|Publication number||US7466467 B2|
|Application number||US 10/667,989|
|Publication date||Dec 16, 2008|
|Filing date||Sep 22, 2003|
|Priority date||Aug 23, 2000|
|Also published as||US20050024703|
|Publication number||10667989, 667989, US 7466467 B2, US 7466467B2, US-B2-7466467, US7466467 B2, US7466467B2|
|Original Assignee||Intermac Ip Corp.|
|Export Citation||BiBTeX, EndNote, RefMan|
|Patent Citations (9), Referenced by (1), Classifications (8), Legal Events (2)|
|External Links: USPTO, USPTO Assignment, Espacenet|
This application is a continuation-in-part of U.S. application Ser. No. 09/935,517 now U.S. Pat. No. 6,724,510 filed Aug. 23, 2001, which claimed the benefit of U.S. Provisional Application Ser. No. 60/227,332 filed Aug. 23, 2000.
1. Field of the Invention
The present invention relates to creating a sweep of a directed propagation of electromagnetic radiation, for example, a beam of light, a laser or microwave energy. Specifically, the present invention relates to generating a sweep by amplifying the effect of a first movable reflector through repeated reflections back to the first reflector by a fixed reflector.
2. Description of Related Art
Beam sweeping is used, for example, in machine readable symbology scanning devices, for example bar code readers. A beam sweeping across a bar code is reflected back to the scanner where variations in the reflected light are detected, corresponding to the bar code. The sweep angle of the beam determines the range from and width of a code that may be scanned. The frequency of the sweep is a factor in determining the time necessary for a scan. The reading and the decoding of machine readable symbologies is commonly performed by two methods, discussed below. Available devices commonly function with a light or other electromagnetic radiation source and an electromagnetic radiation sensitive sensor, which is responsive to the source wavelength, allowing the detection of the variations in the reflection of the illuminated bar code.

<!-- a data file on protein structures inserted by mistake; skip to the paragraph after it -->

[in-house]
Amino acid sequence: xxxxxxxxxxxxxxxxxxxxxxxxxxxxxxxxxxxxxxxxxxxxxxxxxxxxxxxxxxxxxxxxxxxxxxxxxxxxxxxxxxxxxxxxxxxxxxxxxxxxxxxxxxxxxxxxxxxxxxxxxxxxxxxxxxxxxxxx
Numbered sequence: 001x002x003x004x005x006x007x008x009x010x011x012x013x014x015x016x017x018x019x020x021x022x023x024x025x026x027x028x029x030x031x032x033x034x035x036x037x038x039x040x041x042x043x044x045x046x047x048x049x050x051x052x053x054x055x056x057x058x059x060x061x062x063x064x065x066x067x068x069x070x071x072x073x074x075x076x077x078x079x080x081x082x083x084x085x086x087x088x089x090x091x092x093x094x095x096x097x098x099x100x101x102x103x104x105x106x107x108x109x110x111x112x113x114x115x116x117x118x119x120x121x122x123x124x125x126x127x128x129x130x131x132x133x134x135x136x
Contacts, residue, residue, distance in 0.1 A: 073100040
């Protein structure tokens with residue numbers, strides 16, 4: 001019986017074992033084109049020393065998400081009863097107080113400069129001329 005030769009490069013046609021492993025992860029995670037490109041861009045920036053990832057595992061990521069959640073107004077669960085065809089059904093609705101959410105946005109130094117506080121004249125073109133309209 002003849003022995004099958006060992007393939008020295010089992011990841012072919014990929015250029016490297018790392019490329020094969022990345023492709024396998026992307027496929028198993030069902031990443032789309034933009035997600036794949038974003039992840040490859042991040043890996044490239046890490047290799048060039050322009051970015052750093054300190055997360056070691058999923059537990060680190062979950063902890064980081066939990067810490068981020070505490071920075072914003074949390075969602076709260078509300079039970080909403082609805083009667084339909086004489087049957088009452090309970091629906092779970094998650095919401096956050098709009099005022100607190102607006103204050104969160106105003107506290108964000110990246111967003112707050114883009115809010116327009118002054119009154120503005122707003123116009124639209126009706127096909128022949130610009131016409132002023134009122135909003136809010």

The first method, for information, uses light concentrated in the zone of the code to be read, and a sensor CCD which converts the reflected light into electric information. Where the zone of the code is sequentially illuminated by a sweeping beam, the reflected beam may be detected and compared to the known location of the beam over a full sweep of the zone and a 2D image thereby captured for further decoding/processing.
The second method utilizes focused lighting, for example a laser beam—which oscillates left and right in a plane, and which collects the variations of light reflected on the bar codes with a photodiode. To obtain a focused laser beam which sweeps space according to an angle of approximately 20° to 40°, previous devices use either revolving mirrors to reflect a beam or a single oscillating reflector device with a large amplitude.